NEW PRAGUE — Praha Village senior living recently reported COVID-19 exposure, but it’s unknown how many residents or staff have been infected.
Dave Saemrow, the vice president of marketing and public relations for the facility’s operating company, Cassia, declined to provide additional details.
The Minnesota Department of Health continues to publish the names of congregate care facilities that have reported an exposure from a resident, staff person or visiting provider.
The listing, which Praha Village appears on, is updated weekly.
“Recently, positive cases were discovered at our location,” Saemrow wrote in a statement to Southwest News Media on Oct. 13. “Out of respect for resident/family and staff privacy and in alignment with the Minnesota Department of Health, we do not divulge numbers at our locations.”
The Mala Strana Assisted Living and Rehabilitation Center, also in New Prague, experienced a large outbreak beginning in mid-July.
Marc Halpert, chief operating officer of Monarch Healthcare Management, said 40 residents and 25 staff members tested positive. Nine residents, six of whom were receiving hospice care, died.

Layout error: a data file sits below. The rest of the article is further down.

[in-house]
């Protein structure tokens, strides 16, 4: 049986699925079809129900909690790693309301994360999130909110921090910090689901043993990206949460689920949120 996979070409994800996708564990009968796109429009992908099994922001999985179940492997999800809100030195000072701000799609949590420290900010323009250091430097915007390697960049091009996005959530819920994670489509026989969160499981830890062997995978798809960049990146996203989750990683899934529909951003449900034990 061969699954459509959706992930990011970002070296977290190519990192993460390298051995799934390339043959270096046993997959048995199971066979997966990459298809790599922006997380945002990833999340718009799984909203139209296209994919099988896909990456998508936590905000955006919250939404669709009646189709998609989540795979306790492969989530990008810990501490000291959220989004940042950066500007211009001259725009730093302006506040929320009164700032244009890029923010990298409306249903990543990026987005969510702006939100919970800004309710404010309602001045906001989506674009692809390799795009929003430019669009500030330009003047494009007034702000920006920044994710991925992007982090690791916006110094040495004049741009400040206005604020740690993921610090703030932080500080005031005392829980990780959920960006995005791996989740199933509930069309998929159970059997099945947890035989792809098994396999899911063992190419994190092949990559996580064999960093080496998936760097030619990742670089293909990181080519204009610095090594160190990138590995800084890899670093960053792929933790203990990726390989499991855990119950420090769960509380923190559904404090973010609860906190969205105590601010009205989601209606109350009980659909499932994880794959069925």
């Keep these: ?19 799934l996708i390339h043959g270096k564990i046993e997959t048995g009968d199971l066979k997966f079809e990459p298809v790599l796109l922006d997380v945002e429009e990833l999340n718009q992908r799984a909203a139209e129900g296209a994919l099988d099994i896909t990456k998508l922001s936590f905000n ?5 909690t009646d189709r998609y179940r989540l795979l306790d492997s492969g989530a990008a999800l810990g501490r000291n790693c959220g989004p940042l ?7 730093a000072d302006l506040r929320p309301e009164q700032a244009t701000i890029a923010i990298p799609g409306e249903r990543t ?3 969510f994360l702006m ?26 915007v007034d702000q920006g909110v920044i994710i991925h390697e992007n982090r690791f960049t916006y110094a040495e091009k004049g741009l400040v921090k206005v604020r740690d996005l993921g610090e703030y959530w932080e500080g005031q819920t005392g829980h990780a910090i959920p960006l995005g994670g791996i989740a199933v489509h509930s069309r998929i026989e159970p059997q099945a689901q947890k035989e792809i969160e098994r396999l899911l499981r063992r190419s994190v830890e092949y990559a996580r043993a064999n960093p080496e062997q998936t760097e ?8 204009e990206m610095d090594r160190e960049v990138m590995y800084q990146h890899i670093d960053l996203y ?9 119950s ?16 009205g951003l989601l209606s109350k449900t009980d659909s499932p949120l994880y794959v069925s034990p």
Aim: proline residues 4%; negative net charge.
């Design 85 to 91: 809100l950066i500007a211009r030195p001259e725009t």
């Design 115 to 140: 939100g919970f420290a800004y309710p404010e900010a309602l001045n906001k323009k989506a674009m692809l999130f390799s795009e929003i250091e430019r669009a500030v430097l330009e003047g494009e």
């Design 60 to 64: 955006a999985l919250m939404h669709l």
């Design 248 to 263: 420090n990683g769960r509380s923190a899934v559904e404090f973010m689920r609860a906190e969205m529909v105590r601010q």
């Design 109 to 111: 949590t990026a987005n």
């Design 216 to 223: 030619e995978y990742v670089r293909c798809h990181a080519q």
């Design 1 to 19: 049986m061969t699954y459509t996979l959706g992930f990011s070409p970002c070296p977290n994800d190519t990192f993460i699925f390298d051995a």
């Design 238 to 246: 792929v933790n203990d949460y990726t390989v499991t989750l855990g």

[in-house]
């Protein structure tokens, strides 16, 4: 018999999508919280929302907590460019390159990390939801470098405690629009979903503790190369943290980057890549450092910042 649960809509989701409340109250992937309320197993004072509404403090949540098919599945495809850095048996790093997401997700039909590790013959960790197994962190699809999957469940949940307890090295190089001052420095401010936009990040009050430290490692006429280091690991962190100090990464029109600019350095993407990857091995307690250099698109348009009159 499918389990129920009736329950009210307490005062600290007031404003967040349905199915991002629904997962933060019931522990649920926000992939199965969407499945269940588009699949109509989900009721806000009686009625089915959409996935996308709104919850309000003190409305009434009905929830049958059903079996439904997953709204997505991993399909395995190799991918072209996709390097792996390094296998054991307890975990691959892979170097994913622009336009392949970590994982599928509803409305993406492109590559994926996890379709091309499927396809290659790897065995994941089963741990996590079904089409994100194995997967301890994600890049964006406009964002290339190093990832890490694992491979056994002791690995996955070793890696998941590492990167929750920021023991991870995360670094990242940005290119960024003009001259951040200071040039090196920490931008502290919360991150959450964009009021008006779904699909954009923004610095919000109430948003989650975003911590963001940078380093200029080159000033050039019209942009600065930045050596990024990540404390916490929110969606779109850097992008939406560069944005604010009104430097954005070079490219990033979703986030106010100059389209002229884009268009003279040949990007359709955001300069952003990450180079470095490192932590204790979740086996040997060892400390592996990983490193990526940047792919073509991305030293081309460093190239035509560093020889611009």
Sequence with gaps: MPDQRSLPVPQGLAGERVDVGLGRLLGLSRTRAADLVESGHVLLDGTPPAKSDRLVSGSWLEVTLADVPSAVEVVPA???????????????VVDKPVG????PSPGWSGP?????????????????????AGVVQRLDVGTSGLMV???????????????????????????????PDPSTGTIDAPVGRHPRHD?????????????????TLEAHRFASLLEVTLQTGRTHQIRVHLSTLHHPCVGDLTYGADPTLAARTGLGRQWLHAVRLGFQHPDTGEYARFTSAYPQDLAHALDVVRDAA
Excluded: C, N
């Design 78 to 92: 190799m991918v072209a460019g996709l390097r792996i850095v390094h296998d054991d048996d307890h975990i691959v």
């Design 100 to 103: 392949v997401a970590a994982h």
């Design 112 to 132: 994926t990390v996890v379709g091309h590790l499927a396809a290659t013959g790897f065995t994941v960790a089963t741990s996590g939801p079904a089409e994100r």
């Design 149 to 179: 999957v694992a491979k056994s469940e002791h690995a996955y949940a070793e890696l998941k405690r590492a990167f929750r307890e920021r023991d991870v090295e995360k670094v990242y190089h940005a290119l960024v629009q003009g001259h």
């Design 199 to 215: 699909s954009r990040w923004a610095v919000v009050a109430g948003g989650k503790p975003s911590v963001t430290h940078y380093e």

Halpert confirmed Friday, Oct. 16 there are currently no positive cases among any of the facility’s residents or staff.
Saemrow stated no one with a positive case is present at Praha Village, and “affected staff are quarantining at home.”
It’s unclear if residents have been infected or if infected residents are receiving care elsewhere.
Saemrow confirmed no related deaths have occurred.
According to Saemrow, Praha Village staff and residents have implemented many measures — such as weekly testing and frequent symptom screening — to prevent COVID-19 transmission.
The facility is currently not allowing outside or window visits, but instead encouraging FaceTime and frequent phone visits, he said.
While outdoor visitation has been used frequently at Minnesota assisted livings facilities in recent weeks, the state health department also recently lifted restrictions on in-person visits.
“We are extremely grateful to our employees who faithfully care for residents each day. As Minnesota Department of Health Commissioner Jan Malcolm points out, care communities with employees or residents with Coronavirus have not done anything wrong and should not be labeled deficient,” Saemrow wrote. “She also explained that with community transmission nationwide, we should expect more care communities to show up with positive cases.”
“At present, we are most concerned with providing the best possible care for residents, supporting staff and communicating with families, and are not able to provide media interviews,” he concluded.
Minnesota recorded a record-high 2,297 new COVID-19 infections Friday, Oct. 16.